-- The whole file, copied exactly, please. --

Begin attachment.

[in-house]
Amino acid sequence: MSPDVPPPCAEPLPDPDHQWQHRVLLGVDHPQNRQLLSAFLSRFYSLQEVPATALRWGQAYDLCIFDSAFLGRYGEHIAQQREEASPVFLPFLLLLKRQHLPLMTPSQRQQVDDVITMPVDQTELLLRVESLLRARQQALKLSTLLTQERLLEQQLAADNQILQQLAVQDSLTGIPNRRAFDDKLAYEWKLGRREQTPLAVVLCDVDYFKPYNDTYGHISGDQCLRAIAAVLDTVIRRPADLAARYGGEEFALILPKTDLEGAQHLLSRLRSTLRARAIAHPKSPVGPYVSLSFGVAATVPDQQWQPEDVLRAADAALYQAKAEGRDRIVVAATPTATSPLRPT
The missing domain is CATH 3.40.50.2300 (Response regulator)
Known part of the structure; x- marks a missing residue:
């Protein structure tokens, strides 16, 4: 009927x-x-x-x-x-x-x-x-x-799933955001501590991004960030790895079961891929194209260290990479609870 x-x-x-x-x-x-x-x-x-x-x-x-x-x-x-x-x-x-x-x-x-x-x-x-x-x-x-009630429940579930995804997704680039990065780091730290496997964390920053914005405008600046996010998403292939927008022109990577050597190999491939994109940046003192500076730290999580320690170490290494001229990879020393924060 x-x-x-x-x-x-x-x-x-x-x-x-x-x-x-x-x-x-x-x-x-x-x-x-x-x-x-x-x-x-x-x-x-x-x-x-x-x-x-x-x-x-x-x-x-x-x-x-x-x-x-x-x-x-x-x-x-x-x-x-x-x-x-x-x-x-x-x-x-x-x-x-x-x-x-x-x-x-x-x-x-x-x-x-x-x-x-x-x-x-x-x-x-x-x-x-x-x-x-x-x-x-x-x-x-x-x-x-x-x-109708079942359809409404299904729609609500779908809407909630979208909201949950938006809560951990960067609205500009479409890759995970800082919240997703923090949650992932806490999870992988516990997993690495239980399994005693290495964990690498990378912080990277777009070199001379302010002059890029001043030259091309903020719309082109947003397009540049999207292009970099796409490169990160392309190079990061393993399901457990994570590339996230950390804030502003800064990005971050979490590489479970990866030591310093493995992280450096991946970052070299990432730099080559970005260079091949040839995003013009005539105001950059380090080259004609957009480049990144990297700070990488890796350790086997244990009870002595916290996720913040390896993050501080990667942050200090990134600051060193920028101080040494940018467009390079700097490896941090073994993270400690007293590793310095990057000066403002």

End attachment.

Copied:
[in-house]
Amino acid sequence: MSPDVPPPCAEPLPDPDHQWQHRVLLGVDHPQNRQLLSAFLSRFYSLQEVPATALRWGQAYDLCIFDSAFLGRYGEHIAQQREEASPVFLPFLLLLKRQHLPLMTPSQRQQVDDVITMPVDQTELLLRVESLLRARQQALKLSTLLTQERLLEQQLAADNQILQQLAVQDSLTGIPNRRAFDDKLAYEWKLGRREQTPLAVVLCDVDYFKPYNDTYGHISGDQCLRAIAAVLDTVIRRPADLAARYGGEEFALILPKTDLEGAQHLLSRLRSTLRARAIAHPKSPVGPYVSLSFGVAATVPDQQWQPEDVLRAADAALYQAKAEGRDRIVVAATPTATSPLRPT
The missing domain is CATH 3.40.50.2300 (Response regulator)
Known part of the structure; x- marks a missing residue:
């Protein structure tokens, strides 16, 4: 009927x-x-x-x-x-x-x-x-x-799933955001501590991004960030790895079961891929194209260290990479609870 x-x-x-x-x-x-x-x-x-x-x-x-x-x-x-x-x-x-x-x-x-x-x-x-x-x-x-009630429940579930995804997704680039990065780091730290496997964390920053914005405008600046996010998403292939927008022109990577050597190999491939994109940046003192500076730290999580320690170490290494001229990879020393924060 x-x-x-x-x-x-x-x-x-x-x-x-x-x-x-x-x-x-x-x-x-x-x-x-x-x-x-x-x-x-x-x-x-x-x-x-x-x-x-x-x-x-x-x-x-x-x-x-x-x-x-x-x-x-x-x-x-x-x-x-x-x-x-x-x-x-x-x-x-x-x-x-x-x-x-x-x-x-x-x-x-x-x-x-x-x-x-x-x-x-x-x-x-x-x-x-x-x-x-x-x-x-x-x-x-x-x-x-x-x-109708079942359809409404299904729609609500779908809407909630979208909201949950938006809560951990960067609205500009479409890759995970800082919240997703923090949650992932806490999870992988516990997993690495239980399994005693290495964990690498990378912080990277777009070199001379302010002059890029001043030259091309903020719309082109947003397009540049999207292009970099796409490169990160392309190079990061393993399901457990994570590339996230950390804030502003800064990005971050979490590489479970990866030591310093493995992280450096991946970052070299990432730099080559970005260079091949040839995003013009005539105001950059380090080259004609957009480049990144990297700070990488890796350790086997244990009870002595916290996720913040390896993050501080990667942050200090990134600051060193920028101080040494940018467009390079700097490896941090073994993270400690007293590793310095990057000066403002």